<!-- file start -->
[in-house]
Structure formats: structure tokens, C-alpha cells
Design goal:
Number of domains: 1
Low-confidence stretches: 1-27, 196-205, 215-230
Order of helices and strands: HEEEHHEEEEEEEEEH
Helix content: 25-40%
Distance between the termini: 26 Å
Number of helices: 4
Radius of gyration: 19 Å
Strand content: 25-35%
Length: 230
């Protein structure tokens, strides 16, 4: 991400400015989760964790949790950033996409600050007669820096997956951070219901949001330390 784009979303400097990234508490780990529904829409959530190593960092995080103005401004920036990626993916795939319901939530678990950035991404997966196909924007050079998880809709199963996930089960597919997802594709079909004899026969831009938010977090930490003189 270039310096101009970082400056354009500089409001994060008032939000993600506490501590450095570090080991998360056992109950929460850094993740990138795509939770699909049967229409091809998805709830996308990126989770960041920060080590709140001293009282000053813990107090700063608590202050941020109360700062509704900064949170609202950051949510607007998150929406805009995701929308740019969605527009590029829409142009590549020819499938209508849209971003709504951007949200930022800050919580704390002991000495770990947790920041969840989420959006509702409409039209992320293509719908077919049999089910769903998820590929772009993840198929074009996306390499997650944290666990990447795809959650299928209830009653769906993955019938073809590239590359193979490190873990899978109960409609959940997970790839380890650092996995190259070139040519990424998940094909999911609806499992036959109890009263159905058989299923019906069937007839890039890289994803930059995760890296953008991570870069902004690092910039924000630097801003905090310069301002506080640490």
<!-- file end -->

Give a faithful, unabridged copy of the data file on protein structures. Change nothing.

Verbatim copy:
[in-house]
Structure formats: structure tokens, C-alpha cells
Design goal:
Number of domains: 1
Low-confidence stretches: 1-27, 196-205, 215-230
Order of helices and strands: HEEEHHEEEEEEEEEH
Helix content: 25-40%
Distance between the termini: 26 Å
Number of helices: 4
Radius of gyration: 19 Å
Strand content: 25-35%
Length: 230
């Protein structure tokens, strides 16, 4: 991400400015989760964790949790950033996409600050007669820096997956951070219901949001330390 784009979303400097990234508490780990529904829409959530190593960092995080103005401004920036990626993916795939319901939530678990950035991404997966196909924007050079998880809709199963996930089960597919997802594709079909004899026969831009938010977090930490003189 270039310096101009970082400056354009500089409001994060008032939000993600506490501590450095570090080991998360056992109950929460850094993740990138795509939770699909049967229409091809998805709830996308990126989770960041920060080590709140001293009282000053813990107090700063608590202050941020109360700062509704900064949170609202950051949510607007998150929406805009995701929308740019969605527009590029829409142009590549020819499938209508849209971003709504951007949200930022800050919580704390002991000495770990947790920041969840989420959006509702409409039209992320293509719908077919049999089910769903998820590929772009993840198929074009996306390499997650944290666990990447795809959650299928209830009653769906993955019938073809590239590359193979490190873990899978109960409609959940997970790839380890650092996995190259070139040519990424998940094909999911609806499992036959109890009263159905058989299923019906069937007839890039890289994803930059995760890296953008991570870069902004690092910039924000630097801003905090310069301002506080640490």